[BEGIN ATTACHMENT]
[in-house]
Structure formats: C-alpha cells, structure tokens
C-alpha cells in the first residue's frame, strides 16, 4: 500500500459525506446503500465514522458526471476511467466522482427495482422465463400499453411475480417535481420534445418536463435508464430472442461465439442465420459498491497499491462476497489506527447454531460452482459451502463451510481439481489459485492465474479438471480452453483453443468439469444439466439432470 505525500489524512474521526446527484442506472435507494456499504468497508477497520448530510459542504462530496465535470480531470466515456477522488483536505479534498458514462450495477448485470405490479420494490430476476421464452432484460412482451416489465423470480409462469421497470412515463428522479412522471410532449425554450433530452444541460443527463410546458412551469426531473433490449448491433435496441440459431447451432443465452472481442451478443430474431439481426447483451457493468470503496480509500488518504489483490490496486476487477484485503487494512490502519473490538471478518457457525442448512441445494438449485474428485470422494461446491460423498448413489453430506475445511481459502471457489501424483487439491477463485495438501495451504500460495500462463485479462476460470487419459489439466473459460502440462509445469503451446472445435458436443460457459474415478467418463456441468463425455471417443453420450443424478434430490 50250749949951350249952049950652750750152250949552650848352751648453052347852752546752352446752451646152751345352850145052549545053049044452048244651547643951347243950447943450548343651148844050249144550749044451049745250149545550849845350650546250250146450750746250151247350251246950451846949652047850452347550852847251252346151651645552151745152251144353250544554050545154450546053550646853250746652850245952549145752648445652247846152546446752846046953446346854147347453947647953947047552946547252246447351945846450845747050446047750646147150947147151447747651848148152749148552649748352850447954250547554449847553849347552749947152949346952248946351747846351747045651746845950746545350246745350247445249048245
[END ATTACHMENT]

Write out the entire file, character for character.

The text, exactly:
[in-house]
Structure formats: C-alpha cells, structure tokens
C-alpha cells in the first residue's frame, strides 16, 4: 500500500459525506446503500465514522458526471476511467466522482427495482422465463400499453411475480417535481420534445418536463435508464430472442461465439442465420459498491497499491462476497489506527447454531460452482459451502463451510481439481489459485492465474479438471480452453483453443468439469444439466439432470 505525500489524512474521526446527484442506472435507494456499504468497508477497520448530510459542504462530496465535470480531470466515456477522488483536505479534498458514462450495477448485470405490479420494490430476476421464452432484460412482451416489465423470480409462469421497470412515463428522479412522471410532449425554450433530452444541460443527463410546458412551469426531473433490449448491433435496441440459431447451432443465452472481442451478443430474431439481426447483451457493468470503496480509500488518504489483490490496486476487477484485503487494512490502519473490538471478518457457525442448512441445494438449485474428485470422494461446491460423498448413489453430506475445511481459502471457489501424483487439491477463485495438501495451504500460495500462463485479462476460470487419459489439466473459460502440462509445469503451446472445435458436443460457459474415478467418463456441468463425455471417443453420450443424478434430490 50250749949951350249952049950652750750152250949552650848352751648453052347852752546752352446752451646152751345352850145052549545053049044452048244651547643951347243950447943450548343651148844050249144550749044451049745250149545550849845350650546250250146450750746250151247350251246950451846949652047850452347550852847251252346151651645552151745152251144353250544554050545154450546053550646853250746652850245952549145752648445652247846152546446752846046953446346854147347453947647953947047552946547252246447351945846450845747050446047750646147150947147151447747651848148152749148552649748352850447954250547554449847553849347552749947152949346952248946351747846351747045651746845950746545350246745350247445249048245